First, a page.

New EPA Report Puts Bush in Environmental Quandary ; Study on Threats of Global Warming Presents Dilemmas for a White House Skeptical about Climate Change

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Rocky Mountain meadows and barrier islands disappearing. Coral reefs damaged. Droughts, floods, rising sea levels.

This disturbing vision of climate change - or at least its potential - would not be a surprise coming from global-warming activists. But as a warning from the Bush administration, it clearly is.

In a report to the United Nations, the Environmental Protection Agency says that man-made greenhouse gases in the US will increase 43 percent between 2000 and 2020. And while acknowledging some scientific uncertainties, the EPA says that the recent warming trend "is real and has been particularly strong within the past 20 years ... due mostly to human activities."

This report from government agencies (the White House Council on Environmental Quality, the State Department, and others were involved as well) puts President Bush in something of a double bind.

From the start, and in line with energy and oil interests that are among his biggest supporters, the president has expressed skepticism about the scientific basis for reported climate change. He has resisted mandated cuts in carbon dioxide emissions (the main greenhouse gas). And he has refused to sign on to the Kyoto Protocol, the 1997 international agreement setting goals and deadlines for industrial nations to reduce their impact on climate.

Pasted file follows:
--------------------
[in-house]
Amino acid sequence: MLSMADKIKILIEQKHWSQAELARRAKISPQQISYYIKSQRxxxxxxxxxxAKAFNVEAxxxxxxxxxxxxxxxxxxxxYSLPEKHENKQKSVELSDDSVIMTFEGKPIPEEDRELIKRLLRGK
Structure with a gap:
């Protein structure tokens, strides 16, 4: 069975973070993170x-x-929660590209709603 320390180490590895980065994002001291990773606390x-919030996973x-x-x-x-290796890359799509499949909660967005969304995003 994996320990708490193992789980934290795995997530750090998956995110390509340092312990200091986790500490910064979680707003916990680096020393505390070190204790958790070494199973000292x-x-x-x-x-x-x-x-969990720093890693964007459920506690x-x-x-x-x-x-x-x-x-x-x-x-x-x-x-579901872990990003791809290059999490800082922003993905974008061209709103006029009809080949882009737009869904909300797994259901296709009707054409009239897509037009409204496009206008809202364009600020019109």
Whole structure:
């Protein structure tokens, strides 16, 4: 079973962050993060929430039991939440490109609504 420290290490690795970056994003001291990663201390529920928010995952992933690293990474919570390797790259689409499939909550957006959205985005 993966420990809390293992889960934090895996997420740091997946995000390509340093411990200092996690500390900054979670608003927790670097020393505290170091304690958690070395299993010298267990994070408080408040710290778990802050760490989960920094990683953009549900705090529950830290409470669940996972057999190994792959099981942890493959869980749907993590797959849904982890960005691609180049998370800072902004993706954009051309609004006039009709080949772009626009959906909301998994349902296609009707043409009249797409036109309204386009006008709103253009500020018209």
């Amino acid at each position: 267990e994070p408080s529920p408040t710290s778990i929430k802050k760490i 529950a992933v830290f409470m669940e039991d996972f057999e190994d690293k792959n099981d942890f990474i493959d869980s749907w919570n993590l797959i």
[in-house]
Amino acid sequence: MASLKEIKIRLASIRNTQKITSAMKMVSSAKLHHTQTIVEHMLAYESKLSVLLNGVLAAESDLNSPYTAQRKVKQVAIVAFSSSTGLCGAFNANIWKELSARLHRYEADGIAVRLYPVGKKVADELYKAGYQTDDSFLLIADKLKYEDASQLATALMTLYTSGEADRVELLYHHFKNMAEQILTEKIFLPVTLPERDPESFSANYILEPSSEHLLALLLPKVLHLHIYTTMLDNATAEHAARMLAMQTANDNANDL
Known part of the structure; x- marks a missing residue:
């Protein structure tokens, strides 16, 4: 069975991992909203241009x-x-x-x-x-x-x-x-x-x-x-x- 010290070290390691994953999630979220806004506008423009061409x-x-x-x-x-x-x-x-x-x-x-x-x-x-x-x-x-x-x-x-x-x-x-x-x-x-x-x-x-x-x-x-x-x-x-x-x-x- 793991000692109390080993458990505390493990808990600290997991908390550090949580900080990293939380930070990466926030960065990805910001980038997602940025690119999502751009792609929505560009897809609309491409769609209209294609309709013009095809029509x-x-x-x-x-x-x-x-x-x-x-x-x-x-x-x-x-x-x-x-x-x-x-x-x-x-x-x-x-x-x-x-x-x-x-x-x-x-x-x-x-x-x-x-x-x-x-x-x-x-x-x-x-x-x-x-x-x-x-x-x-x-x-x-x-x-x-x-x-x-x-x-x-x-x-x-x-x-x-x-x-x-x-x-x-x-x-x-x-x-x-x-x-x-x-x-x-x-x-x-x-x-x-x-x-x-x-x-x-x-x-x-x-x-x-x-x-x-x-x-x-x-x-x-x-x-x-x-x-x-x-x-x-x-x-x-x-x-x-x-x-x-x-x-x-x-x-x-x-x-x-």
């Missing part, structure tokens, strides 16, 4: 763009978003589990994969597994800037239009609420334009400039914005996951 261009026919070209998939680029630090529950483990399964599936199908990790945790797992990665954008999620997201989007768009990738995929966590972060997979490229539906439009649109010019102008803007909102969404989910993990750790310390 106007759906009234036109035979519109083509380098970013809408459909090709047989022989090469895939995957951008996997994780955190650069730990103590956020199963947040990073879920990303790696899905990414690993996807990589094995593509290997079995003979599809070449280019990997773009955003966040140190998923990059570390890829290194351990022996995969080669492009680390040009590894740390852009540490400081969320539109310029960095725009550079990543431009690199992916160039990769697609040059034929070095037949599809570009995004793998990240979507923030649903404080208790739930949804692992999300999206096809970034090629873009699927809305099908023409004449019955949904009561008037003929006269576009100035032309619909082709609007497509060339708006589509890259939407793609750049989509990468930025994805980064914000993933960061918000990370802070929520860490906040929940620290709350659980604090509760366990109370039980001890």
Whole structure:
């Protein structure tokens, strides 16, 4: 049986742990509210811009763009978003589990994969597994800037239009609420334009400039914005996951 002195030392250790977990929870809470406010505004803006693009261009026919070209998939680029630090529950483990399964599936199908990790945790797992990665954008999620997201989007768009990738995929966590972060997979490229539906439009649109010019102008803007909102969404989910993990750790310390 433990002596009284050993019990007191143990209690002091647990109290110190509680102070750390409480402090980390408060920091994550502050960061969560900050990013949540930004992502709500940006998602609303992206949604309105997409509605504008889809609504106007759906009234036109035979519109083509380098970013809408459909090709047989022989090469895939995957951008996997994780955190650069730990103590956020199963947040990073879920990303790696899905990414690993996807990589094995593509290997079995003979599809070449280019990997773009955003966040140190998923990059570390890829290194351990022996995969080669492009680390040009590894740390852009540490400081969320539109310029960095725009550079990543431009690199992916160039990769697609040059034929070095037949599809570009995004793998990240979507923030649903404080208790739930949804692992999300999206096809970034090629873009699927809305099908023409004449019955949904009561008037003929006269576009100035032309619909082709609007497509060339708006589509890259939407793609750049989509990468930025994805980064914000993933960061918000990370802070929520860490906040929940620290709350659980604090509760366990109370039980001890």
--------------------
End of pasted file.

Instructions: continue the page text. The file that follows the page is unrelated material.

For now, he dismisses the 268-page EPA document as a "report put out by the bureaucracy," even though it comes nearly a year and a half into his own administration. This may serve to mollify some on the political right who are upset at the Bush administration's EPA report on global warming. But it's also given his environmental critics added political ammunition.

"Having admitted the extent of the problem and identified the cause, a policy of inaction becomes impossible to defend," says David Hawkins, director of the Natural Resources Defense Council's climate program.

The president and administration insist that Bush's proposals indicate plenty of action on climate change, and will meet whatever global-warming challenges exist.

This includes the recently announced "Clear Skies" initiative, which reduces sulfur dioxide, nitrogen oxides, and mercury emitted by power plants (although less than existing laws would require). As for carbon dioxide, the president's plan calls for voluntary steps leading to less "carbon intensity" (the amount of CO2 per unit of economic output), although the amount of CO2 released into the atmosphere would continue to grow, assuming continued economic growth. …


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